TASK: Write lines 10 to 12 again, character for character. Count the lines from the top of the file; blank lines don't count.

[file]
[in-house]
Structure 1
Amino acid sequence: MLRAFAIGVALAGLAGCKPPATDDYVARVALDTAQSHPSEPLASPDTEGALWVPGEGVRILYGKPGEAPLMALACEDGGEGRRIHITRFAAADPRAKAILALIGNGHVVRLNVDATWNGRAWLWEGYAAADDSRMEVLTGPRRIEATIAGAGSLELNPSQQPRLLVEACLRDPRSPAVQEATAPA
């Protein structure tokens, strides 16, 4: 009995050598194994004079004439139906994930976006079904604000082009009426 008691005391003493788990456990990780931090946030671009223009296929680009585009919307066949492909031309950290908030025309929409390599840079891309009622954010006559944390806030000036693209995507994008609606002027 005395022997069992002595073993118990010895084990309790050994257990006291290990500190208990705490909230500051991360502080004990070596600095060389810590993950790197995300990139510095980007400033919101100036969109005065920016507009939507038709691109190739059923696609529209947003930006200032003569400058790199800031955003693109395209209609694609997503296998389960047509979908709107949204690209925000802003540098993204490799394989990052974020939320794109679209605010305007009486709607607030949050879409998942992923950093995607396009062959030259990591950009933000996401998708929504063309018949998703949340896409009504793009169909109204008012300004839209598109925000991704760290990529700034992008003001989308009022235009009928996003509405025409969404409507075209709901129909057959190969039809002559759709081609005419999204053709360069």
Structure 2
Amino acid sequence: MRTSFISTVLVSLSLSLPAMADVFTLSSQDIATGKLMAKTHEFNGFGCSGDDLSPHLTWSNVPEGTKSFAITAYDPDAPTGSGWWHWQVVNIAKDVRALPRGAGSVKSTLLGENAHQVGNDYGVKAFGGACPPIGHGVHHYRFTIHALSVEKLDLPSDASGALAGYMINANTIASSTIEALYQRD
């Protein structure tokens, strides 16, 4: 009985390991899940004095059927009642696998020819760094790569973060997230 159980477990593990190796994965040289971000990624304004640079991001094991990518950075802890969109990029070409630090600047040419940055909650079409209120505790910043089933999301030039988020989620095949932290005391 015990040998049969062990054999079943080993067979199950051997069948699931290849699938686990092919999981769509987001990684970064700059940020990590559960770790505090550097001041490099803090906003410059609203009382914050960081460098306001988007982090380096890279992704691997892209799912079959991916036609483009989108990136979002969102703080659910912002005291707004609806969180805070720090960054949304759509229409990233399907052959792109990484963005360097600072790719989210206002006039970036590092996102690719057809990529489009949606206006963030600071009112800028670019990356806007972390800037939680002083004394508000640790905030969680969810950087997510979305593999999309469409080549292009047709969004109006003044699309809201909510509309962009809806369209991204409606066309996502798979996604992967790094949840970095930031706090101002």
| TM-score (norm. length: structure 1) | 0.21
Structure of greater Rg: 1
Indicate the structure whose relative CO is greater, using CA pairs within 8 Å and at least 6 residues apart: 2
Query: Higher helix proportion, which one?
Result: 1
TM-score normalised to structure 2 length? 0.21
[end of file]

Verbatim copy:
Indicate the structure whose relative CO is greater, using CA pairs within 8 Å and at least 6 residues apart: 2
Query: Higher helix proportion, which one?
Result: 1